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Question for the moms (and dads, too)
Baby shower present
KitnRose
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KitnRose
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TX USA
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Date: 4/13/12 11:58 AM

In late may a friend is having a baby shower and I'm brainstorming good gift ideas. This is baby#1 for her and her DH so this is all new for them. They live in a small, small efficiency apartment (20'x20') so there's no room for extra stuff. I know that, as it's the first grandchild on her side, they're probably going to get about twice as much stuff as they have room for anyway.

I'd really like to give them something that they NEED and will actually be used and worth the storage space. I thought of using fabric bags as the wrapping as those are always good for storage. Burp cloths were another thing on the list of possible ideas. I'd thought about a baby sling as well, though my last attempt (years ago) failed due to poor instructions.

Those are my ideas so far, but since I don't have any kids of my own I know there's those things you never think you need and then do. So I guess I'm asking - what would you who've gone through the baby stage recommend as really helpful gifts?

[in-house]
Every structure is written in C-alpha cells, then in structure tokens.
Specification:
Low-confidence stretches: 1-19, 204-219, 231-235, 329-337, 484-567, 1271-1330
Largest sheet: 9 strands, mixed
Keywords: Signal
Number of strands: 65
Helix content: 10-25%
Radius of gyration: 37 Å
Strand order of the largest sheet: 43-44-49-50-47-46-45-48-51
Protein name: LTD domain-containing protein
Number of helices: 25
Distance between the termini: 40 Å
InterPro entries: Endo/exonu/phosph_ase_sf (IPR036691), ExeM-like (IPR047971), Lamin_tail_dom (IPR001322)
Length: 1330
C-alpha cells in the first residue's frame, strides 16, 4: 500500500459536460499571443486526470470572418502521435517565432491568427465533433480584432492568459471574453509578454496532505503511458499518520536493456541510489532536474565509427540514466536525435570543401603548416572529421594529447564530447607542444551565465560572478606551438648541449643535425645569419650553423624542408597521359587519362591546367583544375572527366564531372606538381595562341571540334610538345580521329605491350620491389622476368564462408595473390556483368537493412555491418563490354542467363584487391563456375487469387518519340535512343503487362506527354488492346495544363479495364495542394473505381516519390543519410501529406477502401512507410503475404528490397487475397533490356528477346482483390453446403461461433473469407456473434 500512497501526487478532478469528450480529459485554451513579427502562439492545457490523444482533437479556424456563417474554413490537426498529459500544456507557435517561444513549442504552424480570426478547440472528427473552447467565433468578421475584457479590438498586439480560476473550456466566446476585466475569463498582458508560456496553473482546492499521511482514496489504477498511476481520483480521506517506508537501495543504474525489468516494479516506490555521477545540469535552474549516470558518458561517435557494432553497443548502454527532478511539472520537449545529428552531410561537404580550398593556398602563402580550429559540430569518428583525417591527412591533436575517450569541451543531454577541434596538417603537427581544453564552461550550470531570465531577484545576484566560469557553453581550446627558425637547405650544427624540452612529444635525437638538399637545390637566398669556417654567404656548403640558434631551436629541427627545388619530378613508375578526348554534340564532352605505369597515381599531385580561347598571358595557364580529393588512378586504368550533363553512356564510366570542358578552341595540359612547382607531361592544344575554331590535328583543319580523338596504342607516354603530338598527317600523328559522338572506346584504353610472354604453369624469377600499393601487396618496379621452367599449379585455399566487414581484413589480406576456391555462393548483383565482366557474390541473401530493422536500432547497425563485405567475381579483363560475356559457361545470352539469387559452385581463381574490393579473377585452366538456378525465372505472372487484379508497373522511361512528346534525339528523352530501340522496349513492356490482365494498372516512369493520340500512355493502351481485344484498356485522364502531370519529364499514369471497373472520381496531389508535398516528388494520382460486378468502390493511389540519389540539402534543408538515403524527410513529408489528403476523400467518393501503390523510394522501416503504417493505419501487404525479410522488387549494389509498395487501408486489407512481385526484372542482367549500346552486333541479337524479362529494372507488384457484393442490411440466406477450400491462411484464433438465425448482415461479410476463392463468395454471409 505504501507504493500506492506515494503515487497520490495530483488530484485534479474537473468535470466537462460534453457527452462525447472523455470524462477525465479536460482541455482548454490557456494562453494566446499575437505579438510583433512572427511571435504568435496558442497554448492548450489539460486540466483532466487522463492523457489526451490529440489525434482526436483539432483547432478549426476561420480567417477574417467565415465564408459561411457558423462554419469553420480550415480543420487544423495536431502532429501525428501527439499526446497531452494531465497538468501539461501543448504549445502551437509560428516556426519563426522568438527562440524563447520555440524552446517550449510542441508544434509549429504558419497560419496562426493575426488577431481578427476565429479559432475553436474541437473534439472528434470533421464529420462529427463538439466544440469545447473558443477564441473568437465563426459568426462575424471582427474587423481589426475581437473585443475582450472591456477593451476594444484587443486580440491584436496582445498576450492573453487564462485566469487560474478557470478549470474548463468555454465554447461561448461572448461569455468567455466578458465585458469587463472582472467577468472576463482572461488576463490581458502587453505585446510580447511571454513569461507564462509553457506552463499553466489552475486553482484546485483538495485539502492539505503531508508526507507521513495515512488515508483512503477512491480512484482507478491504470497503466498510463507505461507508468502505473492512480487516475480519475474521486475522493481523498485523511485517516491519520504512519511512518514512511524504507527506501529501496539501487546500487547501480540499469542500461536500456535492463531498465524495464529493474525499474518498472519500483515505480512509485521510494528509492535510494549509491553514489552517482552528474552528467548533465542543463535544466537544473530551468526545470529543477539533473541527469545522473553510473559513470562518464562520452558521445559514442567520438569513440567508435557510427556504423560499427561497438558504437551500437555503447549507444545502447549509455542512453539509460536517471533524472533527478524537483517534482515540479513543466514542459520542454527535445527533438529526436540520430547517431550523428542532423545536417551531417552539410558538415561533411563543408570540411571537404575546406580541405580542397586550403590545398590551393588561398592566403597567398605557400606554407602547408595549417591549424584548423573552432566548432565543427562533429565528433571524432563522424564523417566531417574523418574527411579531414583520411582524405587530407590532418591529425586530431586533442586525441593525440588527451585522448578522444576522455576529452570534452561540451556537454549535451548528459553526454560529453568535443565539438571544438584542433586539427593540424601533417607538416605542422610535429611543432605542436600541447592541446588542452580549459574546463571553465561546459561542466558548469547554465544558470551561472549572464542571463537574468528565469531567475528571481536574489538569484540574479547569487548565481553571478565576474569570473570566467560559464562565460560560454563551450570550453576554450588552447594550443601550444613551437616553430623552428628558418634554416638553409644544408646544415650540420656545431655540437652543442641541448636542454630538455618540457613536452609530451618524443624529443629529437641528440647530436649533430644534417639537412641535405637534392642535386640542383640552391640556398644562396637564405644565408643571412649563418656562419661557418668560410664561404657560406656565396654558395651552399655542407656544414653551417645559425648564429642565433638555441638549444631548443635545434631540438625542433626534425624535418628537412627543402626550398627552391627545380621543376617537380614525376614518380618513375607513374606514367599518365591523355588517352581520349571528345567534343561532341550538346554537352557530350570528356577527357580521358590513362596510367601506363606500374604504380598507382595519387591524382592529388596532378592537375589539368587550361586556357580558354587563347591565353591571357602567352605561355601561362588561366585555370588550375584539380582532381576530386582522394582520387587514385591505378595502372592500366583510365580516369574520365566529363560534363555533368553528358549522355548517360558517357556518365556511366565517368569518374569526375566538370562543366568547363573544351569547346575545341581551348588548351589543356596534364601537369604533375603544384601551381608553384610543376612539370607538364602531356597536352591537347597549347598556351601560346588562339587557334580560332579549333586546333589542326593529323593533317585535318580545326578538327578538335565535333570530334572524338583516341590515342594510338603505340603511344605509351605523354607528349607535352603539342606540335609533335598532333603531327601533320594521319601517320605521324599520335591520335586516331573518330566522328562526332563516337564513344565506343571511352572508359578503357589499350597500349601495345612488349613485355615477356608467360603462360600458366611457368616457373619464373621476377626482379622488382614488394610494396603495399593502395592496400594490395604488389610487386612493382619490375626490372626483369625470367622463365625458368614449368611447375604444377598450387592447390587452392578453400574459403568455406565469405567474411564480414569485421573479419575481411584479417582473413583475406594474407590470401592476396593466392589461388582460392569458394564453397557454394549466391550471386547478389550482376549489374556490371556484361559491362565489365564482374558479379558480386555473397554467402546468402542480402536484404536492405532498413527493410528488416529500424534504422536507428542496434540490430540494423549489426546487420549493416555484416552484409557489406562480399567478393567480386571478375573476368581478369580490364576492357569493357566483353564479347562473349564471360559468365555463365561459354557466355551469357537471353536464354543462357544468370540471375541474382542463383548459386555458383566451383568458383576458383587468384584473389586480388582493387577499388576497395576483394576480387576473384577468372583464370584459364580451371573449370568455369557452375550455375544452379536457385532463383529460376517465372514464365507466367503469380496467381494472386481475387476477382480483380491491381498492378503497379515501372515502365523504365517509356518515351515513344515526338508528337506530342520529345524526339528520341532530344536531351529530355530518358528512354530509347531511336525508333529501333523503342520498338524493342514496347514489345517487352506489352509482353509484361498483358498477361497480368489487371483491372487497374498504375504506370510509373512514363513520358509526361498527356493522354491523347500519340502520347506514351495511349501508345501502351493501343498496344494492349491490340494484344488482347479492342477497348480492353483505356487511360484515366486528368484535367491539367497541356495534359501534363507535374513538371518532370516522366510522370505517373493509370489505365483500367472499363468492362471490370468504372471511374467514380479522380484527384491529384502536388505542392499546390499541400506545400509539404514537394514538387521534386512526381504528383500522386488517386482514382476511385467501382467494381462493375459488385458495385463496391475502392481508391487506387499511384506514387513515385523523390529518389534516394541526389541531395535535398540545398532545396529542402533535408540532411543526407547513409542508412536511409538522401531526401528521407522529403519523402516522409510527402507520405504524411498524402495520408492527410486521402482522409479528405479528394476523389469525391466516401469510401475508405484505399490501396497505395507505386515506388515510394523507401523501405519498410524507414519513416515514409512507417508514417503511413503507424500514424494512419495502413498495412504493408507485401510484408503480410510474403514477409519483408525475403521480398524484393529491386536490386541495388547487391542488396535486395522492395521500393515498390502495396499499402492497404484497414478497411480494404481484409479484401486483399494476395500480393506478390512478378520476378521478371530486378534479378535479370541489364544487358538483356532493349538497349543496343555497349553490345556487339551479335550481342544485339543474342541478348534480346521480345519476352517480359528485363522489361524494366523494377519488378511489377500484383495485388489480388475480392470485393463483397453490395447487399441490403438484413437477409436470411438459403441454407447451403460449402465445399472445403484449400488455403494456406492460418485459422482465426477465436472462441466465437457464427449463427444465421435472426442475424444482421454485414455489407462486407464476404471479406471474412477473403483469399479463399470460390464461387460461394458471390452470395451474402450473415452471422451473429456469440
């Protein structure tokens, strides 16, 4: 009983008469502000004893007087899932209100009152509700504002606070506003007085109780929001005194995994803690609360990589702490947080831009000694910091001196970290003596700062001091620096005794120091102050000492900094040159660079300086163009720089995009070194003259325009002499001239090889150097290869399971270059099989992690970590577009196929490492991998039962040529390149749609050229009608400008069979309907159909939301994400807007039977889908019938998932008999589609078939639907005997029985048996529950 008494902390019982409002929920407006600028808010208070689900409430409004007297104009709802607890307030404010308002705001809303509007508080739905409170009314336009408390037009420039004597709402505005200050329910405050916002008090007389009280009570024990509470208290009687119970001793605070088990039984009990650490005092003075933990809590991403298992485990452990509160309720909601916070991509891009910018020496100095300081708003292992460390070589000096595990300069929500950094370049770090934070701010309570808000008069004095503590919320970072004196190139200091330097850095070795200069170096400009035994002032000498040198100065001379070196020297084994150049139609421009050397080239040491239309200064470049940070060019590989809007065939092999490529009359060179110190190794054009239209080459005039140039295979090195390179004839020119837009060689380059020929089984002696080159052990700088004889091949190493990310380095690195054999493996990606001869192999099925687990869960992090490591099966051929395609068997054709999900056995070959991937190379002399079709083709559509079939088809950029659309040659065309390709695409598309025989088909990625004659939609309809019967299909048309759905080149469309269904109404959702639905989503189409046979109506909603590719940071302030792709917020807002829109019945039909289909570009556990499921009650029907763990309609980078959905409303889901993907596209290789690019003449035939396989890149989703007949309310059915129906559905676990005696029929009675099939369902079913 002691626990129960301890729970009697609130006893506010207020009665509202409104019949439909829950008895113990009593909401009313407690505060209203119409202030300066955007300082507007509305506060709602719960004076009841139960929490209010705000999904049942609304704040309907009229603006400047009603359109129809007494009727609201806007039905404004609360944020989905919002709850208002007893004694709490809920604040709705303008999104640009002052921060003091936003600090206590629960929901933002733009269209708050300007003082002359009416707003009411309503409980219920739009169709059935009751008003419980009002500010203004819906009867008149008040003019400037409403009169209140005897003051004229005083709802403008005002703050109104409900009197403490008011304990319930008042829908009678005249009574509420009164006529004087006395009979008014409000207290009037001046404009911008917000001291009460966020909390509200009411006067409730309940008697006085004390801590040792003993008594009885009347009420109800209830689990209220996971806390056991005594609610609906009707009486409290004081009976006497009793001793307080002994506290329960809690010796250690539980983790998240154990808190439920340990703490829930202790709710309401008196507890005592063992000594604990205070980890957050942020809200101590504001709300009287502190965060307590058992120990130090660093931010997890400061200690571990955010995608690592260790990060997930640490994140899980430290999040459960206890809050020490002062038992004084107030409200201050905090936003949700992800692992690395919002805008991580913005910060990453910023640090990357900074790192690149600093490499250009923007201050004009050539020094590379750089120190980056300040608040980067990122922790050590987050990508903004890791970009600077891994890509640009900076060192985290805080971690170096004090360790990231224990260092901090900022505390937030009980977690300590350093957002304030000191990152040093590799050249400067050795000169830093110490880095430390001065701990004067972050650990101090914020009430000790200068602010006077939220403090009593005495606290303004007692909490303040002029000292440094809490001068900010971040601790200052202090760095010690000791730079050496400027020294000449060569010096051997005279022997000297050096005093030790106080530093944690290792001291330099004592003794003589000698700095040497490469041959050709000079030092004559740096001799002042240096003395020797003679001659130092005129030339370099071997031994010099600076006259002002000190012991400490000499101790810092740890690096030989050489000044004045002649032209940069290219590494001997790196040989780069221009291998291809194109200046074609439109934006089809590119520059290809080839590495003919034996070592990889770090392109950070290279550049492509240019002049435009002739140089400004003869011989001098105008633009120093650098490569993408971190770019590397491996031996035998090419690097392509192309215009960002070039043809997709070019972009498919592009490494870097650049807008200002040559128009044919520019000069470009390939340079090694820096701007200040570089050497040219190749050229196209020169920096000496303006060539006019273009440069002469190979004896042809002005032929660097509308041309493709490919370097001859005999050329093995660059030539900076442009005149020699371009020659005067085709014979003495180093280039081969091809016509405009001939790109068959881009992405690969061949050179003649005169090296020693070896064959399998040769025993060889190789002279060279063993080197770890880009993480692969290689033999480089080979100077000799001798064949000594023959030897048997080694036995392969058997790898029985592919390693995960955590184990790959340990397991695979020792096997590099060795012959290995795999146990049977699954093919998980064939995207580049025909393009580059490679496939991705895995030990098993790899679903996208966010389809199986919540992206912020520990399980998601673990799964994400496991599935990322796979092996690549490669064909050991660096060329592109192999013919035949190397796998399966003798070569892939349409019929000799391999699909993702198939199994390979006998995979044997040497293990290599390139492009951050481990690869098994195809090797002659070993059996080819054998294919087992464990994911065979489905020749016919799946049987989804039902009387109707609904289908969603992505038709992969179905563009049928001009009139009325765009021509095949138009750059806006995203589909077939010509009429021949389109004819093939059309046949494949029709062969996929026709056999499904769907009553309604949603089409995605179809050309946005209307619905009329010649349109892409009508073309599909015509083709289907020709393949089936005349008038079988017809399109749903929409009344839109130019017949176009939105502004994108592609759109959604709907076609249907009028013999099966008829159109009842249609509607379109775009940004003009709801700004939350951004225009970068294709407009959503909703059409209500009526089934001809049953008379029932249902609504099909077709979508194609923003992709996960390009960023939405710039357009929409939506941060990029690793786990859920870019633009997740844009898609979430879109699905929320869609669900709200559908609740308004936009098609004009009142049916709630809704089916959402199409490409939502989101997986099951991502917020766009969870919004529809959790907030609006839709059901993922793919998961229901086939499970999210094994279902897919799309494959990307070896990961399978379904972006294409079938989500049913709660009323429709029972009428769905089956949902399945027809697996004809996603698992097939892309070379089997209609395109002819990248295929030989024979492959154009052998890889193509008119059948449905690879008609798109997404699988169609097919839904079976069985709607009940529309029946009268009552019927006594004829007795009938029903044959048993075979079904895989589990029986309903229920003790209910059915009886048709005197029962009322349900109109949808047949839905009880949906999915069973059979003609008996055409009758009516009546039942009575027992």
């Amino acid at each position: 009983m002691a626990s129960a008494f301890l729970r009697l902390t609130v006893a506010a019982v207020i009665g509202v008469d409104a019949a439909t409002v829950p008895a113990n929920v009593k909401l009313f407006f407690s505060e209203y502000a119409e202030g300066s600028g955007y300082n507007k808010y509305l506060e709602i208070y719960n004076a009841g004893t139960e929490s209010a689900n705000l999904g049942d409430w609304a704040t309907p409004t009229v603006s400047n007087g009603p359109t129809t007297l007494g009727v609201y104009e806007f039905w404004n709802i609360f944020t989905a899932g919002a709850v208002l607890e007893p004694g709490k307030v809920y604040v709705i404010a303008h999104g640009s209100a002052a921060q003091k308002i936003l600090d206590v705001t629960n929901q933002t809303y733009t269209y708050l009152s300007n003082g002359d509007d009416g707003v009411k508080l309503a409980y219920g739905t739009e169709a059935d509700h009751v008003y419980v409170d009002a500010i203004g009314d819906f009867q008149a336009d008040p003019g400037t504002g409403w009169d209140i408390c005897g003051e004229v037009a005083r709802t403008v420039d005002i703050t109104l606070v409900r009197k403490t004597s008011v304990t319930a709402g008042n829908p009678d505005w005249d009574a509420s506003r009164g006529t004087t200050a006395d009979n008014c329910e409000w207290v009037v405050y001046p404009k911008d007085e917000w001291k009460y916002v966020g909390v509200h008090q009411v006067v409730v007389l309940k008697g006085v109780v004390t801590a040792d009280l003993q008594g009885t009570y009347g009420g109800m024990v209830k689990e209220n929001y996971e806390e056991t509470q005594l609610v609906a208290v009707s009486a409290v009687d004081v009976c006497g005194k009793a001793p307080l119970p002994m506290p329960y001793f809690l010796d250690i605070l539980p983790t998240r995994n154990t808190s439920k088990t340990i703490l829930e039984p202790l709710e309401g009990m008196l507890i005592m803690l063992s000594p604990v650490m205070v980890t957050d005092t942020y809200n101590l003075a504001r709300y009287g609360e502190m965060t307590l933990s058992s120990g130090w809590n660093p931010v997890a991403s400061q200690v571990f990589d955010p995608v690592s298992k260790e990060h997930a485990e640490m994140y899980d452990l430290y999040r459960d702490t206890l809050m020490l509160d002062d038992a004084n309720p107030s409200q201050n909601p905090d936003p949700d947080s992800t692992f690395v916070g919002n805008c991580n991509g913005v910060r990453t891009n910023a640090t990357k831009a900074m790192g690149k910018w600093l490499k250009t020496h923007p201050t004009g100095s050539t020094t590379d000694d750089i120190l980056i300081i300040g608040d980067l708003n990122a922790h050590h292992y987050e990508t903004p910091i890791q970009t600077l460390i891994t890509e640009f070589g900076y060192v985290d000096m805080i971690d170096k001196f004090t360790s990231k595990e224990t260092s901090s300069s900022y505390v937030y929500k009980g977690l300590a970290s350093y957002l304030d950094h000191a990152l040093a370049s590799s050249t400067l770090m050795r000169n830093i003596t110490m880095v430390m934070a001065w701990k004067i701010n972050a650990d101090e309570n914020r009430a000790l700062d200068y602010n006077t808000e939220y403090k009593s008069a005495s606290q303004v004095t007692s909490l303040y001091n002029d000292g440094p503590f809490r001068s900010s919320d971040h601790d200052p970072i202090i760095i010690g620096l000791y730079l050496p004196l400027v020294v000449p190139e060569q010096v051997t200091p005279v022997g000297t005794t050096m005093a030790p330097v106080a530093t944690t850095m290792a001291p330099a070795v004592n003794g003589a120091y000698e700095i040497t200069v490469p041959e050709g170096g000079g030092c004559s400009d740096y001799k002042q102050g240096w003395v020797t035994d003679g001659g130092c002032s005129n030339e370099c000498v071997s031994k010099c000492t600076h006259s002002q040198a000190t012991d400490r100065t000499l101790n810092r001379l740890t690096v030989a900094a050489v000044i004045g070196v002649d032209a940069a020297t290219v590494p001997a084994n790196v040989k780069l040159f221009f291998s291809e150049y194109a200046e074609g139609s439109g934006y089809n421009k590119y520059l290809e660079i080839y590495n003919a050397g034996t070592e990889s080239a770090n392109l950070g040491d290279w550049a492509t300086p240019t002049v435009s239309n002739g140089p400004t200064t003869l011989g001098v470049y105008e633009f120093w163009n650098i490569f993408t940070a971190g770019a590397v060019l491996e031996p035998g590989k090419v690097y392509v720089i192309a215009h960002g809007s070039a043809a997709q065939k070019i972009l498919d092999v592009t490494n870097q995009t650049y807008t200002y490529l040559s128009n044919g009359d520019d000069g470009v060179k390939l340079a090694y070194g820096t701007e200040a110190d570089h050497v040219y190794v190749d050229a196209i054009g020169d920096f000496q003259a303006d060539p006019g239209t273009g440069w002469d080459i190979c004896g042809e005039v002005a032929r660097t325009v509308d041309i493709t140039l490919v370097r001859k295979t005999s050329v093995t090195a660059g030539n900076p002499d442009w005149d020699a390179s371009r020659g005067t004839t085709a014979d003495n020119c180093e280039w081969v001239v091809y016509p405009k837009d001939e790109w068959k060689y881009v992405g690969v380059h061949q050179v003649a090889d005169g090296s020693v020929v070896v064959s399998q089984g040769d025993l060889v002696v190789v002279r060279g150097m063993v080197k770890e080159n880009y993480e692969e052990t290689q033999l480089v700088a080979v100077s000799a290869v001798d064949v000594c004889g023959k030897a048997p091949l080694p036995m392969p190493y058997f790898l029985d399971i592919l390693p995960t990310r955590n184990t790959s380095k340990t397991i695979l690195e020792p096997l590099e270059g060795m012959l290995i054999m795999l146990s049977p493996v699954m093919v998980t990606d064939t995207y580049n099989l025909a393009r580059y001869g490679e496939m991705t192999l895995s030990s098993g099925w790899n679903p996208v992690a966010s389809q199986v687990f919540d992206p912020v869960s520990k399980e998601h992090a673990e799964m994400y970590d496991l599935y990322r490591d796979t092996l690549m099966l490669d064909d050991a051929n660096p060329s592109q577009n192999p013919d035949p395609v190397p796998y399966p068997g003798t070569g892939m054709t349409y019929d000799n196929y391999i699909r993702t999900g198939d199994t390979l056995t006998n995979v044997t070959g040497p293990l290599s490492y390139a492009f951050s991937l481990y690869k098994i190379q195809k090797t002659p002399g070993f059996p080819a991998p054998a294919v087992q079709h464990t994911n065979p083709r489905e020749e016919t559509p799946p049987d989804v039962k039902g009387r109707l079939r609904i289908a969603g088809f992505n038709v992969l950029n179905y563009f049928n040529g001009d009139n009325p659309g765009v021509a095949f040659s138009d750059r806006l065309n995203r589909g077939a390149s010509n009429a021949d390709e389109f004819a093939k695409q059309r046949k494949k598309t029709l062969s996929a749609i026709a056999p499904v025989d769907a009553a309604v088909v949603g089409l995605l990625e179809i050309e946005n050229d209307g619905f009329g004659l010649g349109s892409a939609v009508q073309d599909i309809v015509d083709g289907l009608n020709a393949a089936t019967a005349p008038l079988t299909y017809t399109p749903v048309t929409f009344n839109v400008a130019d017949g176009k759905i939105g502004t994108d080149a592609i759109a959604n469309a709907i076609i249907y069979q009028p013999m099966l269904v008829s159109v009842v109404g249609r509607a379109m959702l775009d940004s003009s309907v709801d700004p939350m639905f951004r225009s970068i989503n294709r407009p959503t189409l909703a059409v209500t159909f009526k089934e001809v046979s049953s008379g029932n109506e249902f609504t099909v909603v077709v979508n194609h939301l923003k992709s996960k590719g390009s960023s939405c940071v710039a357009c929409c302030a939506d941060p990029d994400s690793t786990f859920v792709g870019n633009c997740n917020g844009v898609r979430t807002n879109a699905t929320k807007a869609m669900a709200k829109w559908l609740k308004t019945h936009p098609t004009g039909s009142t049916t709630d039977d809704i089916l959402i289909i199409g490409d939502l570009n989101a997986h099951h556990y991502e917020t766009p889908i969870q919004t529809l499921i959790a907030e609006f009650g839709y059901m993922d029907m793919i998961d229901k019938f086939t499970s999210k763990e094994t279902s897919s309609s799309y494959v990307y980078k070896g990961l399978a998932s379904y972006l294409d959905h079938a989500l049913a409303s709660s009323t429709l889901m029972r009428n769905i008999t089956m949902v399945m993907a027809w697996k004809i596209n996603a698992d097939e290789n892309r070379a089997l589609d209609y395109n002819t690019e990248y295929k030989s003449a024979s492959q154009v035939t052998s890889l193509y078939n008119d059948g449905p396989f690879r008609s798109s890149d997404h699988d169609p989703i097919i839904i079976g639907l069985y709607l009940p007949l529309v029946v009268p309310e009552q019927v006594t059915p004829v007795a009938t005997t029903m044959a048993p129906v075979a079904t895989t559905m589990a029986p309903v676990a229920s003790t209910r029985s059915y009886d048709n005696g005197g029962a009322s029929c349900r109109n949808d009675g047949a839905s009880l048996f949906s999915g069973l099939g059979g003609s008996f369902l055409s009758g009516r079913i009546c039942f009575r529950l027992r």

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Kit
"Never underestimate the power of the right dress!" - drsue
"Hyu gots to know how to sveet tok de costumers, dollink" - Girl Genius, 11-24-08

BeckyNoSleep
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BeckyNoSleep
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Date: 4/13/12 12:41 PM

You know what might make a really cool project? Some wall storage that is also decorative - like wall pockets to hold toys and books, or store the necessities over the changing table. Also useful are the waterproof bags made from PUL, they work well as laundry hampers or in smaller sizes to tuck into a diaper bag for incident management. Crib sheets are pretty easy to make, too, if you know the dimensions of their crib mattress, and can be a nice way to "customize" the nursery area without going broke (baby comforters and most of what comes in the bedding sets are useless).
Hope this helps, I'm sure there are lots of other suggestions out there!

marjoriekh
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marjoriekh  Friend of PR
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Date: 4/13/12 2:09 PM

There have been some recent threads with some good ideas you could browse through:
Here and here.

PR member A Beginner's Needle just posted about her 'diaper clutch,' which I think is a fantastic idea, and has the added virtue of taking up very little space. Surely no one else would be giving your friends anything quite like it.